Le Petit Versailles presents MUSIC For (F)ALL SEASONS with Joshua Fried and The New York Oratorio with Richard Kostelanetz :: September 27, 2008; 3 - 11 pm :: Le Petit Versailles Garden, 346 East Houston Street, NYC.
RADIO WONDERLAND is Joshua Fried, performing solo live sound processing controlled by old shoes (he drums) or with sticks and a steering wheel (He’s a, er, wheel player). RADIO WONDERLAND turns live commercial FM radio into recombinant funk. All the sounds originate from an old boombox, playing radio LIVE. Nothing is pre-recorded; anything picked up during the performance is fair game until the end. All the processing is live custom DSP programmed by Joshua in the MaxMSP programming environment. But he hardly touches the laptop. His controllers really are a vintage Buick steering wheel, old shoes mounted on stands, and some gizmos. You’ll hear him build grooves, step by step, out of recognizable radio, and even UN-wind his grooves back to the original radio source.
“I walk on with a boom box, playing FM radio LIVE. Once onstage, I plug it into my system and start slicing up radio. I arrange those slices both rhythmically, and, by playing them at different speeds, melodically as well, all according to what I hear. I call this process the RE-SHUFFLER. With another algorithm, which I call my RE-ESSER, (studio nerds will recognize this as a joke on de-esser), I isolate the sibilance, so I can compose on the spot with those S, T, K, Sh, etc. sounds, just like programming a drum machine. The ANYTHING-KICK uses FFT-based cross synthesis to morph a bit of radio in the direction of a kick drum.
“The sum total is dance music. I ham it up like mad, using the theatricality of the shoes and wheel. It’s great fun, and more
musical than the video suggests. Every show is rather different, naturally, because the source material is entirely different eachtime.
“So what’s it all about? What is the art-speak that goes with RADIO WONDERLAND? I want to show that we ALL can interrupt and interrogate the never-ending flow of commercial media. So my transformations, taken individually, must be clear and simple– mostly framing, repeating and changing pitch–although when everything is put together it does end up complex. My controllers are simple too: the wheel merely a knob to take things up and down (frequency, tempo) or play radio loops like a turntable, the shoes just pads I hit softer or louder. The surreal quality of using such ordinary objects underscores the absurd disconnect between digital controller and sound, as well as the congenial nature of the aural transformations themselves. So, too, my riffs must be vernacular and not elite. (We need the funk.)” — Joshua Fried
The New York Oratorio - Richard Kostelanetz
As a native New Yorker, who has lived here my entire adult life (and dislikes leaving it, even for an afternoon in “the coun-
try”), I have always treasured and even written about the literature and art of my home town, most recently in SoHo: The Rise and Fall of an Artistsʼ Colony (Routledge, 2003). Nonetheless, it seems to me that though the greatest books appear to capture much of New York City, the place still evaded as well as exceeded the capacities of either authorsʼ imaginations or their medium. Not only was too much left out, but one recurring problem apparent to me is a failure to acknowledge how unprecedented and how extraordinary this City was–how it has become a kind of second nature that had all the coherence and comprehensiveness of primary nature and yet was completely apart and different from it. Too many authors in writing about New York seemed too eager to connect it to something old, such as birds and trees–to see the old in the new–rather than accept the city as a wholly unprecedented environment. Appreciative of this New York literature, yet aware of its inadequacies, I had come to regard New York City as one of the most fertile and challenging subjects for art.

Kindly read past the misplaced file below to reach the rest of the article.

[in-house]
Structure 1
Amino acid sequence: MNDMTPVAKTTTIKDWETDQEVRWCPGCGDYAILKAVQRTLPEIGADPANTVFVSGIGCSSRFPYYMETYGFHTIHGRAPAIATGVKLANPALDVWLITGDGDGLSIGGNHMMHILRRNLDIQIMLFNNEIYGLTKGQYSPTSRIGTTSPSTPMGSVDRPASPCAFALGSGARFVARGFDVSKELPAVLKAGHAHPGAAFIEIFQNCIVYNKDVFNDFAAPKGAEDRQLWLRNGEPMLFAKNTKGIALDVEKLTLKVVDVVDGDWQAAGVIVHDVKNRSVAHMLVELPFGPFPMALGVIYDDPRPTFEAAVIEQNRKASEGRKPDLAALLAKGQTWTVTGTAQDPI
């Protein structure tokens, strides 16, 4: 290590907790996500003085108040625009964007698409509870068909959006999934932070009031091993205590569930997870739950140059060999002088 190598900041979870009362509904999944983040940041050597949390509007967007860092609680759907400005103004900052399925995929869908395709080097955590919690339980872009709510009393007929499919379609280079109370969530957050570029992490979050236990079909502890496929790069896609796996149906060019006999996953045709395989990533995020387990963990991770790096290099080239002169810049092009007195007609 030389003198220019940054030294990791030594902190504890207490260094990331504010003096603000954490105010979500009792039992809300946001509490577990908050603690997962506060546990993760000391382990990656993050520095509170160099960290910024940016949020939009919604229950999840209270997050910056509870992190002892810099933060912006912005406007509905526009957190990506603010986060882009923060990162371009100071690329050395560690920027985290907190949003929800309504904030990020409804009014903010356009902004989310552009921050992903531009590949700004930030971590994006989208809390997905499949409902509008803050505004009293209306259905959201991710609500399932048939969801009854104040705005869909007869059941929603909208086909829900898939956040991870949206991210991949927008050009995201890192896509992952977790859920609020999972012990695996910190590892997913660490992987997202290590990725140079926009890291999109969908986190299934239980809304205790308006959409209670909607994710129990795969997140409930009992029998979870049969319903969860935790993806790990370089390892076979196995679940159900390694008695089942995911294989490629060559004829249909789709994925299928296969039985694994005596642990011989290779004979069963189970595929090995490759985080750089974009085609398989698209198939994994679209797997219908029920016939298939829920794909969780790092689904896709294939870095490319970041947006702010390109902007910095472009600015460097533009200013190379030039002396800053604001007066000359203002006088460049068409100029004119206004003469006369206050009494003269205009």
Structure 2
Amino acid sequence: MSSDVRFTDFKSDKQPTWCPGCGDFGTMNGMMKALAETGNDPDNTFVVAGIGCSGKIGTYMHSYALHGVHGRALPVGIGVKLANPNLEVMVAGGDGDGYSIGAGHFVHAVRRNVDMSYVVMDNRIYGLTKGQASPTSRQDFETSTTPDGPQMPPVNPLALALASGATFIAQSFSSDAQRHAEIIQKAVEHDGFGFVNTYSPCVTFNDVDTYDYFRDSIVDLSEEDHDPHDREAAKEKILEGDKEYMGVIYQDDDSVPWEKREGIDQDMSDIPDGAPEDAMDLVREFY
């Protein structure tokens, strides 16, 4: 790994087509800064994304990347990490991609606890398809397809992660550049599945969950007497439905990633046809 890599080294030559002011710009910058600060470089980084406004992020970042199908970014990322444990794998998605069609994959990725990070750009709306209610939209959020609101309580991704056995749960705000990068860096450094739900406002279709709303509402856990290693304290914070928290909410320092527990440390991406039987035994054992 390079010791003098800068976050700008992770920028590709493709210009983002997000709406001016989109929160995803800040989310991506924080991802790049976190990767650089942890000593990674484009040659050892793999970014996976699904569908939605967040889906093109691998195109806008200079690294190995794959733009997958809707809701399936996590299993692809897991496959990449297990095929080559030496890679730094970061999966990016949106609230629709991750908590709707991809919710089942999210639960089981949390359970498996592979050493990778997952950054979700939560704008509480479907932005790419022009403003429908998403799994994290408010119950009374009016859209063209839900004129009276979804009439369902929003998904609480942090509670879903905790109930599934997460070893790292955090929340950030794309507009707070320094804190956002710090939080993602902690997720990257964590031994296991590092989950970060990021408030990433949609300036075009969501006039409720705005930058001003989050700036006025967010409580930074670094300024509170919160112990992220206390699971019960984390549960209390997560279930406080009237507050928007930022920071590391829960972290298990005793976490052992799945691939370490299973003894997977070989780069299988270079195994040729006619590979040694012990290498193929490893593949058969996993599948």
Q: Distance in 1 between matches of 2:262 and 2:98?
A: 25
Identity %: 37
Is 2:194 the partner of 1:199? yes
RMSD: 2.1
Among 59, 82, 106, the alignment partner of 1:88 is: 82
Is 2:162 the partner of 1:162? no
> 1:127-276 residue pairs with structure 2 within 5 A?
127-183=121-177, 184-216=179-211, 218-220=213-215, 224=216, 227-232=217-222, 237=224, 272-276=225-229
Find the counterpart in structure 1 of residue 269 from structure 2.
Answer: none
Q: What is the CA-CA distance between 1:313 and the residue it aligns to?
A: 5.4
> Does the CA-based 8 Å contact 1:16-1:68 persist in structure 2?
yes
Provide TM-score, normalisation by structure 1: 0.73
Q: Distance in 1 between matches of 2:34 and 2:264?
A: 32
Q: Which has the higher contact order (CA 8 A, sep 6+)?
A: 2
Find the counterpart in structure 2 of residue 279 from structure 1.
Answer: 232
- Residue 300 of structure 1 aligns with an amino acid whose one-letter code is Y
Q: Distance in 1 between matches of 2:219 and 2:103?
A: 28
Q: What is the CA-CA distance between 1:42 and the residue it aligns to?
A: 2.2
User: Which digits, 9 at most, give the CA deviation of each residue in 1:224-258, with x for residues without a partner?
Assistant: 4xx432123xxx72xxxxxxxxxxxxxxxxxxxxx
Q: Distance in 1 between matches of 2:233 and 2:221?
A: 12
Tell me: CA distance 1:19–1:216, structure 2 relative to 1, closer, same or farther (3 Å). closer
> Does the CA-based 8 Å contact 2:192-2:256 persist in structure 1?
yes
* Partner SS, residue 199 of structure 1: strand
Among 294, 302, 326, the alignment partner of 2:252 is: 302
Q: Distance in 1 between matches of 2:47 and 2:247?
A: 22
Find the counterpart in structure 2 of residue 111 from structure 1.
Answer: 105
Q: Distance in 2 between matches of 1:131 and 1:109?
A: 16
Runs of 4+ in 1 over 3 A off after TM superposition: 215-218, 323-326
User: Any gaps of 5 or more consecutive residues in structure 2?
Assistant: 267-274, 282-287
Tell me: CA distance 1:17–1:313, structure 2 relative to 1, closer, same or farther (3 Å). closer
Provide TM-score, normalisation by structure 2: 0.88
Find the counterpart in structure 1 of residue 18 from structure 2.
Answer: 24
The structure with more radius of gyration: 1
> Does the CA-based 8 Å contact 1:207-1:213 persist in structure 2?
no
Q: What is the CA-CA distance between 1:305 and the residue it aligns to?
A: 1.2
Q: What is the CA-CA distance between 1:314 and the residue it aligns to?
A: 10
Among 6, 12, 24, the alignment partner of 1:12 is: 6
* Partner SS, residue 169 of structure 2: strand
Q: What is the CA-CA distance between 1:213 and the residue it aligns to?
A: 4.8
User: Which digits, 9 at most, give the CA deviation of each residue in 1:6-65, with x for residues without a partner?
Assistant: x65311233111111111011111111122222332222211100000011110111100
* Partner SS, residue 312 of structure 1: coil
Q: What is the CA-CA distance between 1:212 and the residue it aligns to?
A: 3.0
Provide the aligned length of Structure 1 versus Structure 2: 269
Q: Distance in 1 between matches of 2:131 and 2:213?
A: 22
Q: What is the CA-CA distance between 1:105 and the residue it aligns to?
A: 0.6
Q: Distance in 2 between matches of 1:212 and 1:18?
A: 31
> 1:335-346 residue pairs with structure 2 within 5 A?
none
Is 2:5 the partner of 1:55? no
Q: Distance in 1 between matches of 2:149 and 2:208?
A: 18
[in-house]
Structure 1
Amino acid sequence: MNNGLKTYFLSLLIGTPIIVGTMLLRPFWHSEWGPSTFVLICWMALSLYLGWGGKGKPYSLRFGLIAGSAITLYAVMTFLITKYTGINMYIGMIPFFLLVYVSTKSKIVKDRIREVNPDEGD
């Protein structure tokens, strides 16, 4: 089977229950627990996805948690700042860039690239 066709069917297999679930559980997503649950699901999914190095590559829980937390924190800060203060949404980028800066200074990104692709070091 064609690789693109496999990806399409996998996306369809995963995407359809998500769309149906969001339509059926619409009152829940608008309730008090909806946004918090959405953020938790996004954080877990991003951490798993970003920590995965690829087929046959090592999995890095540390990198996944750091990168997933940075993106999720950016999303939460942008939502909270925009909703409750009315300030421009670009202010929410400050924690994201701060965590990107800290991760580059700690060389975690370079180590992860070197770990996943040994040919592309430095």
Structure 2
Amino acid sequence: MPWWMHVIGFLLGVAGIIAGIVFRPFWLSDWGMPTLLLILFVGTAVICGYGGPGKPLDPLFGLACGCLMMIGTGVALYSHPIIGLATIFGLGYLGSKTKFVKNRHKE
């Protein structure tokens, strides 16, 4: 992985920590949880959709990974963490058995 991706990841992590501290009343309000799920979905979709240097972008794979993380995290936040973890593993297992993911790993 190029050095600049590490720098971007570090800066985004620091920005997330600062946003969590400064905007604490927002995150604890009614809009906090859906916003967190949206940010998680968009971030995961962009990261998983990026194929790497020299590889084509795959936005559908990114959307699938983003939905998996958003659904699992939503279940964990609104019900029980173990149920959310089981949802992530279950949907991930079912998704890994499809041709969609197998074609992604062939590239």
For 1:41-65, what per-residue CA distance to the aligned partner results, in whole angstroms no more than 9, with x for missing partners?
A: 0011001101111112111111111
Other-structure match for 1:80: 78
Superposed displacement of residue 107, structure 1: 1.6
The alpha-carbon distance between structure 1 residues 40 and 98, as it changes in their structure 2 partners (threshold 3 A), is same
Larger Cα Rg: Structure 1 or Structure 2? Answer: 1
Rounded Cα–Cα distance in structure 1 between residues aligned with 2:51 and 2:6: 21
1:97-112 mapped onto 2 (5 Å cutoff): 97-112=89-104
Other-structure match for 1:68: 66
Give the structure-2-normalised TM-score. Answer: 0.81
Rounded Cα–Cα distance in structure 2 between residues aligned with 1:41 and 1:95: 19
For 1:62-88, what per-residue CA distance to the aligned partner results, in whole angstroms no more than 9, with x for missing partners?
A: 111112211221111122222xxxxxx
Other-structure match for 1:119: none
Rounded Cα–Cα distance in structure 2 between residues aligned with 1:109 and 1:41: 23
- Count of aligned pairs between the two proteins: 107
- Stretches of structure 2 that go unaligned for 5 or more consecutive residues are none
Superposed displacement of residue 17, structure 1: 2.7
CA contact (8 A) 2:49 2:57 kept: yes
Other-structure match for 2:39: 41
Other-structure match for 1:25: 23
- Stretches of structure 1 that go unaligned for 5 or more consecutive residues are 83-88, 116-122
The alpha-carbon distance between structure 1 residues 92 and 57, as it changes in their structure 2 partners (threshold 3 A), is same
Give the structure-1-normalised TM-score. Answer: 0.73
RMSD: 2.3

“My ﬁrst thought, which seems ever more odd in retrospect, was to write out of my own head a New York replica of Dylan
Thomasʼs Under Milk Wood (1953), which survives in my memory as a model warm evocation of oneʼs home town. I conceived of indigenous characters and outlined characteristics of their speech; but once I tried to write their lines, I realized the futility of this approach. The trouble was not just that the languages of New York are not as universally appealing as Welsh English; I cannot write like Dylan Thomas and, though awed, would not want to. Moreover, the more I thought about Under Milk Wood, I realized that it represented the climax of a certain period of creative radio, when most shows were done live (or initially in live time, even if they were recorded for later broadcast), because the only recording technology available at the time was wire that, though it could but cut, could not be reconnected without leaving an audible noise. Working
thirty years after Thomas, I had necessarily become familiar with audiotape editing and multitracking; so I decided that instead of writing my New York City on sheets of paper, it would be more appropriate for me collect the materials of my piece–to gather those sounds that make New York City audibly so different from everywhere else in the world. From the elements of this collection I would then compose, along certain principles suggested not only by the material but by my knowledge and experience of the city, a kind of symphony that would, like Under Milk Wood, be a warm radio portrait of oneʼs home town.” — Richard Kostelanetz
LPV events are made possible by Allied Productions, Inc., Citizens for NYC, Green Thumb/NYC Dept. of Parks, Materials for the Arts; NYC Dept. of Cultural Affairs, NYC Dept. of Sanitation & NYC Board of Education Film & Exhibition support from The New York State Council on the Arts, a state agency. Additional support, in part, by public funds from the NYC Department of Cultural Affairs.